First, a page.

Short-term adaptation during propagation improves the performance of xylose-fermenting Saccharomyces cerevisiae in simultaneous saccharification and co-fermentation
Journal article, 2015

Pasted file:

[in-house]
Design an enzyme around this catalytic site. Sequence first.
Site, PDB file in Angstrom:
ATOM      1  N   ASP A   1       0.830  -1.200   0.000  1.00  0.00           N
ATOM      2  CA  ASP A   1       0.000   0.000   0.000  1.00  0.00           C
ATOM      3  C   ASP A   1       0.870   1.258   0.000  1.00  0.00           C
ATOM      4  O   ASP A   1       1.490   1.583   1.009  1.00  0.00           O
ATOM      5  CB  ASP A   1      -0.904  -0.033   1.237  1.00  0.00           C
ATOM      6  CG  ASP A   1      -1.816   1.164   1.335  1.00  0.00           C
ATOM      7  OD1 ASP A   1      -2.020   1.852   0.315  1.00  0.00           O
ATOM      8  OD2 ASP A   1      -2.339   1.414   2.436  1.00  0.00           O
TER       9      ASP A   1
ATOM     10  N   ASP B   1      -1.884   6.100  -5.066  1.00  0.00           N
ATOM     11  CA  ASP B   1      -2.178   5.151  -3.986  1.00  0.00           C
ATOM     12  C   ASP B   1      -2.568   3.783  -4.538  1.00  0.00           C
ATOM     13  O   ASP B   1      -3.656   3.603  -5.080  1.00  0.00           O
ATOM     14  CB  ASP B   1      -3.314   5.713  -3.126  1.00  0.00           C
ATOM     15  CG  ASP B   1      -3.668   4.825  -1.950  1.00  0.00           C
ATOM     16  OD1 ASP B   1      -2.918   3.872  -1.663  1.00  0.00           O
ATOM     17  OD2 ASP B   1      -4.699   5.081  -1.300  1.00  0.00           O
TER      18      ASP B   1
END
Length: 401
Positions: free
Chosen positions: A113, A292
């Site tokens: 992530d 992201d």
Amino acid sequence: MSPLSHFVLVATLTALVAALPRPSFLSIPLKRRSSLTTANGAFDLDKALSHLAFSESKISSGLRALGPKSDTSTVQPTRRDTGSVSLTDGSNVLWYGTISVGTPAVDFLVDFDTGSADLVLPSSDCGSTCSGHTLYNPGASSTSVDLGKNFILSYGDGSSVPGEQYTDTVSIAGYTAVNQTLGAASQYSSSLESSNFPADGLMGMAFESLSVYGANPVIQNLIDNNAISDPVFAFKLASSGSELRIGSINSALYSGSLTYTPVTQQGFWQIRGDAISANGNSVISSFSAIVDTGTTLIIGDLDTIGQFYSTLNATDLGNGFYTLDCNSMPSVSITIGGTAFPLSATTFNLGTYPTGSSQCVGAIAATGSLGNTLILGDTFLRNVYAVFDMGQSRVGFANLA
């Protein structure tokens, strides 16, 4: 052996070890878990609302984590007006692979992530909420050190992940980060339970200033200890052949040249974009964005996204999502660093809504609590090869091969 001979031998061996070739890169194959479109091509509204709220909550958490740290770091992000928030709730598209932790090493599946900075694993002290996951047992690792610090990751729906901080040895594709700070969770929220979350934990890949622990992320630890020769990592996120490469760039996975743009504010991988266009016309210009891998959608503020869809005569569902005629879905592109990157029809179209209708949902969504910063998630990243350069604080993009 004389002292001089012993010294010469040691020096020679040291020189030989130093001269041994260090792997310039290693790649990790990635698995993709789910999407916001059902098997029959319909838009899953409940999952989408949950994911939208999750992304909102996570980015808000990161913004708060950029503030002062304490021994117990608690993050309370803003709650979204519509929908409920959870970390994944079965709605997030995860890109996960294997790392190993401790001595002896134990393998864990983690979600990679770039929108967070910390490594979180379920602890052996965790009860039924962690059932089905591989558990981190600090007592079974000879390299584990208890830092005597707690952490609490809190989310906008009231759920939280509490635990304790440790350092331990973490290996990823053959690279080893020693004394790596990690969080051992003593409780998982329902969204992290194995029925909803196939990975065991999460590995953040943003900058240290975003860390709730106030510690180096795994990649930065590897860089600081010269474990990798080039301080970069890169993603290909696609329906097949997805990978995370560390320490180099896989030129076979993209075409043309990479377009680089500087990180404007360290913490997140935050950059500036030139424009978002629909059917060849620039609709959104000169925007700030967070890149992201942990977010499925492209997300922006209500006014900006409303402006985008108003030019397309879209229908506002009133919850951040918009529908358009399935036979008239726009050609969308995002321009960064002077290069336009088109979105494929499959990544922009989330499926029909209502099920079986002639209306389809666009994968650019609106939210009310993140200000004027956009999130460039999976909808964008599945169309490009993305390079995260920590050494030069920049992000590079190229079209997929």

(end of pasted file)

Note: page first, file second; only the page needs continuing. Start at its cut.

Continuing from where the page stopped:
Background: Inhibitors that are generated during thermochemical pretreatment and hydrolysis impair the performance of microorganisms during fermentation of lignocellulosic hydrolysates. In omitting costly detoxification steps, the fermentation process relies extensively on the performance of the fermenting microorganism. One attractive option of improving its performance and tolerance to microbial inhibitors is short-term adaptation during propagation. This study determined the influence of short-term adaptation on the performance of recombinant Saccharomyces cerevisiae in simultaneous saccharification and co-fermentation (SSCF). The aim was to understand how short-term adaptation with lignocellulosic hydrolysate affects the cell mass yield of propagated yeast and performance in subsequent fermentation steps. The physiology of propagated yeast was examined with regard to viability, vitality, stress responses, and upregulation of relevant genes to identify any links between the beneficial traits that are promoted during adaptation and overall ethanol yields in co-fermentation. Results: The presence of inhibitors during propagation significantly improved fermentation but lowered cell mass yield during propagation. Xylose utilization of adapted cultures was enhanced by increasing amounts of hydrolysate in the propagation. Ethanol yields improved by over 30 % with inhibitor concentrations that corresponded to ≥2.5 % water-insoluble solids (WIS) load during the propagation compared with the unadapted culture. Adaptation improved cell viability by >10 % and increased vitality by >20 %. Genes that conferred resistance against inhibitors were upregulated with increasing amounts of inhibitors during the propagation, but the adaptive response was not associated with improved ethanol yields in SSCF. The positive effects in SSCF were observed even with adaptation at inhibitor concentrations that corresponded to 2.5 % WIS. Higher amounts of hydrolysate in the propagation feed further improved the fermentation but increased the variability in fermentation outcomes and resulted in up to 20 % loss of cell mass yield. Conclusions: Short-term adaptation during propagation improves the tolerance of inhibitor-resistant yeast strains to inhibitors in lignocellulosic hydrolysates and improves their ethanol yield in fermentation and xylose-fermenting capacity. A low amount of hydrolysate (corresponding to 2.5 % WIS) is optimal, whereas higher amounts decrease cell mass yield during propagation.